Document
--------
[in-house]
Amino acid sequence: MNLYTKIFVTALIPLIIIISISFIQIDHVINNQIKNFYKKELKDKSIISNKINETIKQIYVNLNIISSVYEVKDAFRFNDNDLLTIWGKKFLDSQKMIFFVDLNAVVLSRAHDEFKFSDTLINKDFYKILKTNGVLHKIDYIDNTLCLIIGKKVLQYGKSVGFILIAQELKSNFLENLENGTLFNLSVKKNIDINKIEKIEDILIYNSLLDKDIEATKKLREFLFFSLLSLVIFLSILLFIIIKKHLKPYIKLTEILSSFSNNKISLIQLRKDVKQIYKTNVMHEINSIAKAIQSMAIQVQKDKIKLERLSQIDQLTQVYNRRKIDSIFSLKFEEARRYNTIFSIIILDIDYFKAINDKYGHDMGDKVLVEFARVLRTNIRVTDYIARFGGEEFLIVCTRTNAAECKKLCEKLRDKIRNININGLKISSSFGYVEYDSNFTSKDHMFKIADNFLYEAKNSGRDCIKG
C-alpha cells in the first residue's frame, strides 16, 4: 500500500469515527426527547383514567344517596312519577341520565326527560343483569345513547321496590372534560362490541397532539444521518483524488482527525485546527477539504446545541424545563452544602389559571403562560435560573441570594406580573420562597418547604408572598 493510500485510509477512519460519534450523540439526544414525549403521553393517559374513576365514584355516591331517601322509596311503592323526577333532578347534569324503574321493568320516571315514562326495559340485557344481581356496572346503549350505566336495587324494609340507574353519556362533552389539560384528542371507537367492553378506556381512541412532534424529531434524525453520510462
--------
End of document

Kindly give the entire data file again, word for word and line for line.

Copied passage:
[in-house]
Amino acid sequence: MNLYTKIFVTALIPLIIIISISFIQIDHVINNQIKNFYKKELKDKSIISNKINETIKQIYVNLNIISSVYEVKDAFRFNDNDLLTIWGKKFLDSQKMIFFVDLNAVVLSRAHDEFKFSDTLINKDFYKILKTNGVLHKIDYIDNTLCLIIGKKVLQYGKSVGFILIAQELKSNFLENLENGTLFNLSVKKNIDINKIEKIEDILIYNSLLDKDIEATKKLREFLFFSLLSLVIFLSILLFIIIKKHLKPYIKLTEILSSFSNNKISLIQLRKDVKQIYKTNVMHEINSIAKAIQSMAIQVQKDKIKLERLSQIDQLTQVYNRRKIDSIFSLKFEEARRYNTIFSIIILDIDYFKAINDKYGHDMGDKVLVEFARVLRTNIRVTDYIARFGGEEFLIVCTRTNAAECKKLCEKLRDKIRNININGLKISSSFGYVEYDSNFTSKDHMFKIADNFLYEAKNSGRDCIKG
C-alpha cells in the first residue's frame, strides 16, 4: 500500500469515527426527547383514567344517596312519577341520565326527560343483569345513547321496590372534560362490541397532539444521518483524488482527525485546527477539504446545541424545563452544602389559571403562560435560573441570594406580573420562597418547604408572598 493510500485510509477512519460519534450523540439526544414525549403521553393517559374513576365514584355516591331517601322509596311503592323526577333532578347534569324503574321493568320516571315514562326495559340485557344481581356496572346503549350505566336495587324494609340507574353519556362533552389539560384528542371507537367492553378506556381512541412532534424529531434524525453520510462